Medical bills may leave some Americans financially unprepared.

Medical bills may leave some Americans financially unprepared.

Having the proper safety nets in place to deal with hardship can be a vital aspect of an individual’s financial strategy. However, there may be a sizable portion of Americans who are not doing enough to make sure they are taken care of in case of hardship.

Nearly 60 percent of Americans noted that they would be able to last three months maximum if they were too sick or injured to work, according to a report from Cigna. Another 29 percent explained they would not hold out for more than one month.

“With young families and not as much time to build up savings they could access, younger workers might be at the most risk for significant financial impacts of being out of work or paying unanticipated medical bills because of an injury or illness,” said Mike Witwer, vice president for the voluntary benefits business at Cigna.

Close to 85 percent of consumers explained they worry monthly about their financial situation if they were to get sick or injured, the report explained. Another 30 percent noted that they are concerned about this more often.

Approximately 60 percent noted that if they were not working for one month straight, there would be a notable financial risk present, the report said. Close to three-quarters of those polled felt that their own personal savings was the best way to deal with having a lack of money. Despite this, another 53 percent felt they would need to consider taking money from a retirement savings plan.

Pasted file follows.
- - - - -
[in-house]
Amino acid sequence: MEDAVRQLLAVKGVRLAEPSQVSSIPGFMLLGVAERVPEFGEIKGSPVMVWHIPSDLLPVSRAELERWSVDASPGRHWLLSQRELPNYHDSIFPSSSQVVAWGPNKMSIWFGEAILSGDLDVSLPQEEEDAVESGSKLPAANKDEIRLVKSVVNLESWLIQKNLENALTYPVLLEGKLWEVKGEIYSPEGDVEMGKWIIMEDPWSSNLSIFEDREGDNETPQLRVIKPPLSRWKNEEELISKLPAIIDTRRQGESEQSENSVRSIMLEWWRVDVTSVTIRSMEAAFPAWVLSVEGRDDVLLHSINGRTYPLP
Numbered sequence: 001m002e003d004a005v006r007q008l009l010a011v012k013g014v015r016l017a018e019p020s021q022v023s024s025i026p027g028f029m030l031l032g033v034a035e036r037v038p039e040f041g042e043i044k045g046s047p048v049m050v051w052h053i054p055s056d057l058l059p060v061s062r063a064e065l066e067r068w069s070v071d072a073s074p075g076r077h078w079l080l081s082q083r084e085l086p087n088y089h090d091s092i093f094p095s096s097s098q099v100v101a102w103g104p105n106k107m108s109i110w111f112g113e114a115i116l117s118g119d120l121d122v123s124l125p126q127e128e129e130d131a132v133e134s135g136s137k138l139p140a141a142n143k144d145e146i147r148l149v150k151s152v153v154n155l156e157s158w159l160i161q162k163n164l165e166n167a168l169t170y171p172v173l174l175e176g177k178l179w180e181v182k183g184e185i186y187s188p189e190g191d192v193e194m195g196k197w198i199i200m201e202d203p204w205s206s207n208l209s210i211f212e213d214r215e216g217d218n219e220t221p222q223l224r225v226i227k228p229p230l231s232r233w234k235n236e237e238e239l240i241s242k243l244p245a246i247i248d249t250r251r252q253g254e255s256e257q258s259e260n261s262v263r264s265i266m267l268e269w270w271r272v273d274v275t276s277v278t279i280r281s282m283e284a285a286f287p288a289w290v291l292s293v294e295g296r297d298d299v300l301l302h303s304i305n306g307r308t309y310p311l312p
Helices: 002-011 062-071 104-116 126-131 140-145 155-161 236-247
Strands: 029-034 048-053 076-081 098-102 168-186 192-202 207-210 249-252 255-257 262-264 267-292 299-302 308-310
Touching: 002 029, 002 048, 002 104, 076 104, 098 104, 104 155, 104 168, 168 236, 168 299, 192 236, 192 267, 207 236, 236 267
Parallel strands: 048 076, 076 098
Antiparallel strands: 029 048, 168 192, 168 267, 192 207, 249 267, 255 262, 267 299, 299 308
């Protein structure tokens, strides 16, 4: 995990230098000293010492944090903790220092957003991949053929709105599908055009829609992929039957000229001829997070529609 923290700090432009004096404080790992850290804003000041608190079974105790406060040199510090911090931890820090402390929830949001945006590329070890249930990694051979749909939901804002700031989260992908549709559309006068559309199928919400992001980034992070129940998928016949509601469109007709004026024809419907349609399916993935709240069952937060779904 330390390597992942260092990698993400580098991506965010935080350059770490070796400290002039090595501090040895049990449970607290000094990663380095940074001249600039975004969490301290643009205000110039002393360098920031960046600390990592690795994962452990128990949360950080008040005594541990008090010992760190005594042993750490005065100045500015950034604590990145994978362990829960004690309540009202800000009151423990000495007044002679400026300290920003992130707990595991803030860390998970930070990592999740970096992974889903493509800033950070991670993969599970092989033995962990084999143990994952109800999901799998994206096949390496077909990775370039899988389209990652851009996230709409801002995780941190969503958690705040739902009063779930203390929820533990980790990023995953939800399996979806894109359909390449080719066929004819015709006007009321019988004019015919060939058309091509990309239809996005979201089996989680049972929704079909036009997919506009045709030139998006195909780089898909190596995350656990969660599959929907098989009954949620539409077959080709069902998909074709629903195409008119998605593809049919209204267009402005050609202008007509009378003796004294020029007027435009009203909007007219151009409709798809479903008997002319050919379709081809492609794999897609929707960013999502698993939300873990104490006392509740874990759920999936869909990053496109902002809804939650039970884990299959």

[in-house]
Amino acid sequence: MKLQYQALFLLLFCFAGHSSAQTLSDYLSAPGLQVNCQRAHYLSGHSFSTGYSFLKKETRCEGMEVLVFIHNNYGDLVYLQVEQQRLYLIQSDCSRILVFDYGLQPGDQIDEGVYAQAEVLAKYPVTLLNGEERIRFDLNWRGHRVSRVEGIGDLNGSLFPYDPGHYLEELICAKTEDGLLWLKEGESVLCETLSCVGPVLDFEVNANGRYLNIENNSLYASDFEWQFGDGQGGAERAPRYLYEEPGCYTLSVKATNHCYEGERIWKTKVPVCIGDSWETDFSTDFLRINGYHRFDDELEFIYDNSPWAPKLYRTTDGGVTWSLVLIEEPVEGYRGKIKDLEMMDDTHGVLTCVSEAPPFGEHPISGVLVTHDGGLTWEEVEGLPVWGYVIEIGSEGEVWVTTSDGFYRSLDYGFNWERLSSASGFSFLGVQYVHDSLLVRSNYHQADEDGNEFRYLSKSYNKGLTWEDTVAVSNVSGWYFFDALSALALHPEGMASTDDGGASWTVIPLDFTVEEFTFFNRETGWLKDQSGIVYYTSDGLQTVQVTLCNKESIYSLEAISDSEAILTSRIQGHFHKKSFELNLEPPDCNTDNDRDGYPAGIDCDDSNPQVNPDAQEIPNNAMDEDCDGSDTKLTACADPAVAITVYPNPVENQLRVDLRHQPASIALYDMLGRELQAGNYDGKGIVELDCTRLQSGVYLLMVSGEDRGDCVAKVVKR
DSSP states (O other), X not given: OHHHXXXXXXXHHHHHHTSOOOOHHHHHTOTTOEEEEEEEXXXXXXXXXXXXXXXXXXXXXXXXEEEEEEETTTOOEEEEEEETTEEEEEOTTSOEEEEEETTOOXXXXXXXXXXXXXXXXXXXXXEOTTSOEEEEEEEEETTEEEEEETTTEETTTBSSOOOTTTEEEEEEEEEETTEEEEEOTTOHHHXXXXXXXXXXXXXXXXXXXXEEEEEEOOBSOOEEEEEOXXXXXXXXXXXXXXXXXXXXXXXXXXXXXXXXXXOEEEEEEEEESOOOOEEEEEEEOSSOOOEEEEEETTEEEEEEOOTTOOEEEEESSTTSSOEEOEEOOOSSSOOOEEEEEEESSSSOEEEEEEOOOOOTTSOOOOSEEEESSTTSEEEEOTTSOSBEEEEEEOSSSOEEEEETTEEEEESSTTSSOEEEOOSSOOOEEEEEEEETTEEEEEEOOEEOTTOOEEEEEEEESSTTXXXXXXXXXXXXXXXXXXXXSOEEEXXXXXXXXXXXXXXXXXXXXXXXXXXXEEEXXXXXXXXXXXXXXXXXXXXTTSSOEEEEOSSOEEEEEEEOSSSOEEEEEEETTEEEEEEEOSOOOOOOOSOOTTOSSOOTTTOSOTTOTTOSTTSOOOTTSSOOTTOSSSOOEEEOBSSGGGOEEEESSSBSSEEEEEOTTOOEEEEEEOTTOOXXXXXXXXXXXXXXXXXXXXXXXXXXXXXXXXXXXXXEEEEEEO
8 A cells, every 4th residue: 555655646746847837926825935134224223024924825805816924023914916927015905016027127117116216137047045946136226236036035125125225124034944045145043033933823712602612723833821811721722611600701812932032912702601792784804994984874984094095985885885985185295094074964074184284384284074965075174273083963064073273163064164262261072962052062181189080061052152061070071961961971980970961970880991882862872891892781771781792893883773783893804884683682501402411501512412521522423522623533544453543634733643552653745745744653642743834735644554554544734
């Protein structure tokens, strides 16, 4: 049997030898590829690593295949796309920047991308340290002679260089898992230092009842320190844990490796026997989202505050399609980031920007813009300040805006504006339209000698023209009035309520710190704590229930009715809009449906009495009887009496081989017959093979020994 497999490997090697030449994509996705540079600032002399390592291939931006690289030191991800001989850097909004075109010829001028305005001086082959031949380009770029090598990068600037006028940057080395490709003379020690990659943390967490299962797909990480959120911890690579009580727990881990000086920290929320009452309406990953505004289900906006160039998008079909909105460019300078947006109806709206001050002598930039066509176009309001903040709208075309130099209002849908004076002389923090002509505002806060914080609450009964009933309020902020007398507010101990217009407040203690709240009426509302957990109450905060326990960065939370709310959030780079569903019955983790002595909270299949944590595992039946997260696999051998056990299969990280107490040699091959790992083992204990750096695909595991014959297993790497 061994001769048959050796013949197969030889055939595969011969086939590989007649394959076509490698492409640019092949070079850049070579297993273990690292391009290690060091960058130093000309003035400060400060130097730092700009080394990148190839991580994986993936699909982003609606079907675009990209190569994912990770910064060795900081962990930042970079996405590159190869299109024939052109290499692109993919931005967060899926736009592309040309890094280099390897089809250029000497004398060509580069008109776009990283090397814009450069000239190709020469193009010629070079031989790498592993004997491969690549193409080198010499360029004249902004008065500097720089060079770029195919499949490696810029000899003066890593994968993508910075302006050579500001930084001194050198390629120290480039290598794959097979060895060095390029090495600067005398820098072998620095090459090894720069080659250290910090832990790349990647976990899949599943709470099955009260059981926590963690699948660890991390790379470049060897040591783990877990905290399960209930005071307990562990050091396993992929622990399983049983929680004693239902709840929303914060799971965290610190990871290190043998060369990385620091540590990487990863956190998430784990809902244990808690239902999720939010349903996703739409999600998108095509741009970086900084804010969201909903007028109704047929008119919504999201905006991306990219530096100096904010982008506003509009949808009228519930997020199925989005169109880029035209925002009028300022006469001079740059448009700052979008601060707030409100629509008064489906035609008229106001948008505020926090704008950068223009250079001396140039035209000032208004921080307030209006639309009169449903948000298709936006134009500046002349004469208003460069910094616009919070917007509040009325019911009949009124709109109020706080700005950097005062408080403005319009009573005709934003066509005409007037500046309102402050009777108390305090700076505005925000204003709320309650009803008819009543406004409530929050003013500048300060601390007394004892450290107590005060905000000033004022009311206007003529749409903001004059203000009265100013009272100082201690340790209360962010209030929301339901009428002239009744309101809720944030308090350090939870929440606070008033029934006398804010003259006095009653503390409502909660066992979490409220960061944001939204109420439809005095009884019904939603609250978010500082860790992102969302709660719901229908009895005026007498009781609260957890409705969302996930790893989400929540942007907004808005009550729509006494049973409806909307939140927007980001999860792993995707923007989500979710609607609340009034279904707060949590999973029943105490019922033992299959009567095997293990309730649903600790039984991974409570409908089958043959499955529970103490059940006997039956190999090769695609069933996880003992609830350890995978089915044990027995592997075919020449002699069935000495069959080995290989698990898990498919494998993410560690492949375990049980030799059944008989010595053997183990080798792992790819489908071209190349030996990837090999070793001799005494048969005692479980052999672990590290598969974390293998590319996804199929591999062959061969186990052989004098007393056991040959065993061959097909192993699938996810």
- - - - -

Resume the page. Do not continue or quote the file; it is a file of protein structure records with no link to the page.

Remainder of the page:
More Americans get finances in order
While worries about medical issues preventing individuals from working may be an issue, there are still some Americans who are trying to ensure their finances are becoming more robust.

Only 36 percent of Americans noted that they are living paycheck to paycheck, according to a report from CareerBuilder. This was notably lower than in 2008 and 2010, when 46 percent and 40 percent said this, respectively.

Just 25 percent of consumers reported not saving any money during a given month, the survey found. This was slightly down from the 27 percent recorded in 2012. Still, close to one-third try to save at least $250, while one in 10 save more than $1,000 each month.

Overall, 82 percent of Americans were able to make their money last through each month in the past year, the report added. This is still higher than the 80 percent who said this last year.

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